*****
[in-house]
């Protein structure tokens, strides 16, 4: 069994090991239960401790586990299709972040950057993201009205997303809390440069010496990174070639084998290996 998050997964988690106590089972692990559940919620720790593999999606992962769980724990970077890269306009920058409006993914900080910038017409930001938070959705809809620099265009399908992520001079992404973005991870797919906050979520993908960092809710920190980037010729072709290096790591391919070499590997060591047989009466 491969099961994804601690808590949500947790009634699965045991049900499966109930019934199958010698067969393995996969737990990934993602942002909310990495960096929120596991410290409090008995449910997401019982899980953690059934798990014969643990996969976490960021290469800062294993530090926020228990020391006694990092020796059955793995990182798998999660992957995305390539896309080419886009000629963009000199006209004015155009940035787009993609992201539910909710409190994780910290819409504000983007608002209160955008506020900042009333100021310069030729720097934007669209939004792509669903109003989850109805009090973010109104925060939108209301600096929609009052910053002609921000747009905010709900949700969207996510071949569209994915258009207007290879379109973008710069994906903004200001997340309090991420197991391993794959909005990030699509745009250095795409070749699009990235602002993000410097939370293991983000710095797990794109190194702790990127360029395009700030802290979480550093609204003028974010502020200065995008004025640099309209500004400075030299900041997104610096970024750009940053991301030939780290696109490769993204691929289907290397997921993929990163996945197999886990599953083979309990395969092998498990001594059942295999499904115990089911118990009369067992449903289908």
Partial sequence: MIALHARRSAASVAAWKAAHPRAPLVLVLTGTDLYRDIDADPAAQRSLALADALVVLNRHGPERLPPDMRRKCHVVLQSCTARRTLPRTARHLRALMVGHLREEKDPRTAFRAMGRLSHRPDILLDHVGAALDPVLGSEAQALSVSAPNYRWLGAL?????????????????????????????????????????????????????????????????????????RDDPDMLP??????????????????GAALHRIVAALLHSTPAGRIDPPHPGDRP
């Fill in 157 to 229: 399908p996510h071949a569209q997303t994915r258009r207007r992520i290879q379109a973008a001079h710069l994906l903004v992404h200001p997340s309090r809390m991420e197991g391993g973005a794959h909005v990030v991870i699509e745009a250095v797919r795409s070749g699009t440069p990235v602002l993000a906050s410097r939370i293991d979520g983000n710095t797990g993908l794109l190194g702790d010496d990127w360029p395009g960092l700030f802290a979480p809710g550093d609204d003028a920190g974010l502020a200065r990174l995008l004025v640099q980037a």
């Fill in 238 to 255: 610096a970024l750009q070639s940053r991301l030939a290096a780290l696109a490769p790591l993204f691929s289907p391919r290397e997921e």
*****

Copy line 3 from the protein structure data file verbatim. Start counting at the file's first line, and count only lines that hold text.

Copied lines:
Partial sequence: MIALHARRSAASVAAWKAAHPRAPLVLVLTGTDLYRDIDADPAAQRSLALADALVVLNRHGPERLPPDMRRKCHVVLQSCTARRTLPRTARHLRALMVGHLREEKDPRTAFRAMGRLSHRPDILLDHVGAALDPVLGSEAQALSVSAPNYRWLGAL?????????????????????????????????????????????????????????????????????????RDDPDMLP??????????????????GAALHRIVAALLHSTPAGRIDPPHPGDRP